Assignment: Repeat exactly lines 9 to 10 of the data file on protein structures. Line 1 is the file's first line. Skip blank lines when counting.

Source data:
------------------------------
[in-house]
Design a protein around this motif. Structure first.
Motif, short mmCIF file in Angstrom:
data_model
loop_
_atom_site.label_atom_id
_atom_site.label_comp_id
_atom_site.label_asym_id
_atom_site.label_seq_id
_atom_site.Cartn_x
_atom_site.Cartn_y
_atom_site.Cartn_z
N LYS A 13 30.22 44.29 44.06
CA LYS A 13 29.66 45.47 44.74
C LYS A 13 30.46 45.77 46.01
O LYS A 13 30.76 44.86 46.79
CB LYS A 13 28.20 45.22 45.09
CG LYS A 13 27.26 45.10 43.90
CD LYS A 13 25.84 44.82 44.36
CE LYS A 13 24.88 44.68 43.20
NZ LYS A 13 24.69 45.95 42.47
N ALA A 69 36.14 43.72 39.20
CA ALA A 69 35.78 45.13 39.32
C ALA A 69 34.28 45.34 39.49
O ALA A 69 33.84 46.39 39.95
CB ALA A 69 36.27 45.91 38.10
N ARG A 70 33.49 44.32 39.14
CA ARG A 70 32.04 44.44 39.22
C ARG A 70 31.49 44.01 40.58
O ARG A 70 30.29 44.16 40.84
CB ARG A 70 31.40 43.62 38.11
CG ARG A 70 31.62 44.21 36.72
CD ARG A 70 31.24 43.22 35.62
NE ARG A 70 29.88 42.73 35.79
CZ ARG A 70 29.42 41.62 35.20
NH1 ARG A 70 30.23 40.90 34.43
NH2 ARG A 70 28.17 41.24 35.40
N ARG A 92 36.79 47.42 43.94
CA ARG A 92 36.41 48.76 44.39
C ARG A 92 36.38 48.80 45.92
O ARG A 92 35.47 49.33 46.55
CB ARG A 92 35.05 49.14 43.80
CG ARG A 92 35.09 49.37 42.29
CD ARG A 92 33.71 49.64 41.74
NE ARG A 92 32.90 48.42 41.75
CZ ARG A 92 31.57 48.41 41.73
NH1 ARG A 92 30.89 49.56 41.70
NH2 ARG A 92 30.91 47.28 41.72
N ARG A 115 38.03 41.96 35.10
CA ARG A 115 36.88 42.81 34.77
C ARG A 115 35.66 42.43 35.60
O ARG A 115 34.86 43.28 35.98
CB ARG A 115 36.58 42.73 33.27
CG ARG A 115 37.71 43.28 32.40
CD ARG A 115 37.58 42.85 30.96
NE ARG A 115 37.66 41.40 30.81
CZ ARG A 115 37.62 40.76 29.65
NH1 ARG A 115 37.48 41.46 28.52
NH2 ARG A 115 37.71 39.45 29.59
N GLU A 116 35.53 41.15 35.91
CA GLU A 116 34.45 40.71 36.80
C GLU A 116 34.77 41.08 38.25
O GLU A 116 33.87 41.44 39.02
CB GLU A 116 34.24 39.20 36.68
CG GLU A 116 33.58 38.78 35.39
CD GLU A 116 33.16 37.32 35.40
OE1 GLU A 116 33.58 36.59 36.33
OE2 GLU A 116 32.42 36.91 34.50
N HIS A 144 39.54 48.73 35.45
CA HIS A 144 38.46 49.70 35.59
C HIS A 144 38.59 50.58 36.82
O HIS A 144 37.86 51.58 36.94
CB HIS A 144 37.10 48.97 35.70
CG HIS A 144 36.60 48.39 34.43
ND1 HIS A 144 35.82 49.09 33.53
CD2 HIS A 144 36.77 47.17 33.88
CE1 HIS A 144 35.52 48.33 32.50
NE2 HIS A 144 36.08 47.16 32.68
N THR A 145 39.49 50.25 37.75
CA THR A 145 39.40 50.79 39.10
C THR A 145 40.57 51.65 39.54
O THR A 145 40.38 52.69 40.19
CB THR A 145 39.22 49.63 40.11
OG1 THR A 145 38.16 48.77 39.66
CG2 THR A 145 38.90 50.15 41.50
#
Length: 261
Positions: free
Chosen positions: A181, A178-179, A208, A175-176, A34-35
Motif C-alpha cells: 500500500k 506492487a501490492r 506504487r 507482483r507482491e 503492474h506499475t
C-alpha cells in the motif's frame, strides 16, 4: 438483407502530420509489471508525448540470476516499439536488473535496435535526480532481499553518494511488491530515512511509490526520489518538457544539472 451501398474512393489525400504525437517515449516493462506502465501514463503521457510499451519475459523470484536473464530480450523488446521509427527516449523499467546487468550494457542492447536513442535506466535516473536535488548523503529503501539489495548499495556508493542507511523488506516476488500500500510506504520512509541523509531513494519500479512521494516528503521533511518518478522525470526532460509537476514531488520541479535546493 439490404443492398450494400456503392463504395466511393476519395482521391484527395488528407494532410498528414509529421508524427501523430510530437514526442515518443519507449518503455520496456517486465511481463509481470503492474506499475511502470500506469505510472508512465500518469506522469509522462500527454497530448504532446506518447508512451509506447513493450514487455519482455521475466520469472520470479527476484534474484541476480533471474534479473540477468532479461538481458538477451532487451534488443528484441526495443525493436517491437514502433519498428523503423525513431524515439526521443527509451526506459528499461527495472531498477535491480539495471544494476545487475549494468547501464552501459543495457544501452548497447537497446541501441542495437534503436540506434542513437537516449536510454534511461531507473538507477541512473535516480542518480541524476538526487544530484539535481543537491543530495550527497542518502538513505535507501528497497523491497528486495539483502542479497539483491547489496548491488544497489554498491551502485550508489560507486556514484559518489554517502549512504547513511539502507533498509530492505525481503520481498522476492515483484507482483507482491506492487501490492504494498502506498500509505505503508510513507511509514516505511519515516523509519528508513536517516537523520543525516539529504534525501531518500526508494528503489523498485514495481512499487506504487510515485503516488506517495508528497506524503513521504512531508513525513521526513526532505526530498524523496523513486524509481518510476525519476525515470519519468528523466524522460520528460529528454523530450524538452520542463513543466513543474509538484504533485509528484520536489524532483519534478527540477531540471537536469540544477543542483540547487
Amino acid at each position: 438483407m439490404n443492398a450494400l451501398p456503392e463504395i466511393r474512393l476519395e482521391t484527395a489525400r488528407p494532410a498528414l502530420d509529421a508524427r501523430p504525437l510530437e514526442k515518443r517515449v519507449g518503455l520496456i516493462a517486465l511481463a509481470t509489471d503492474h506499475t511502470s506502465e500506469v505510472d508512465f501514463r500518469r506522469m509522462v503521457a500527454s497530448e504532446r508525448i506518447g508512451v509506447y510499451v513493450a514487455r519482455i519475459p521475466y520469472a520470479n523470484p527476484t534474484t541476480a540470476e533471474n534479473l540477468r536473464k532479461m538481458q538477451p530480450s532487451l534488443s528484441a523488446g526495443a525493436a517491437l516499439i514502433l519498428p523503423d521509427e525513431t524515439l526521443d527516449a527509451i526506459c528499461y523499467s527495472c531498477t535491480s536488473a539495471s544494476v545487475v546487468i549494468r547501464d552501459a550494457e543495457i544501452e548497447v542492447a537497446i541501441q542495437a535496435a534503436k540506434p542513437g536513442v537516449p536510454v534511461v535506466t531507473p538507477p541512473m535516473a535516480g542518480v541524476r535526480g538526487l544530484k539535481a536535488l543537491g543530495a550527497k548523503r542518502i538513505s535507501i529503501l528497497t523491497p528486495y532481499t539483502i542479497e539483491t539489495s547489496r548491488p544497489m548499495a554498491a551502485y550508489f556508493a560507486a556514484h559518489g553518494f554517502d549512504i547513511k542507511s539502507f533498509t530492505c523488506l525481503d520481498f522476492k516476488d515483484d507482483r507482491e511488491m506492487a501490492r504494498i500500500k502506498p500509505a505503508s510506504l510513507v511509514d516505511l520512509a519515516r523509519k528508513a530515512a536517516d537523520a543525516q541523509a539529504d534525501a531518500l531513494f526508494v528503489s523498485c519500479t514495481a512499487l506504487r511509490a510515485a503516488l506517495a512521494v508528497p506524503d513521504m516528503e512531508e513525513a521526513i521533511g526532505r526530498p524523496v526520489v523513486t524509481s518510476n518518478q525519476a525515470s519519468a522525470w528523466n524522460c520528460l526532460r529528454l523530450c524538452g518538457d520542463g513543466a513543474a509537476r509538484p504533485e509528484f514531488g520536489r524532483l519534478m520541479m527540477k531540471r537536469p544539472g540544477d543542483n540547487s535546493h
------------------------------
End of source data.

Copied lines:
_atom_site.label_seq_id
_atom_site.Cartn_x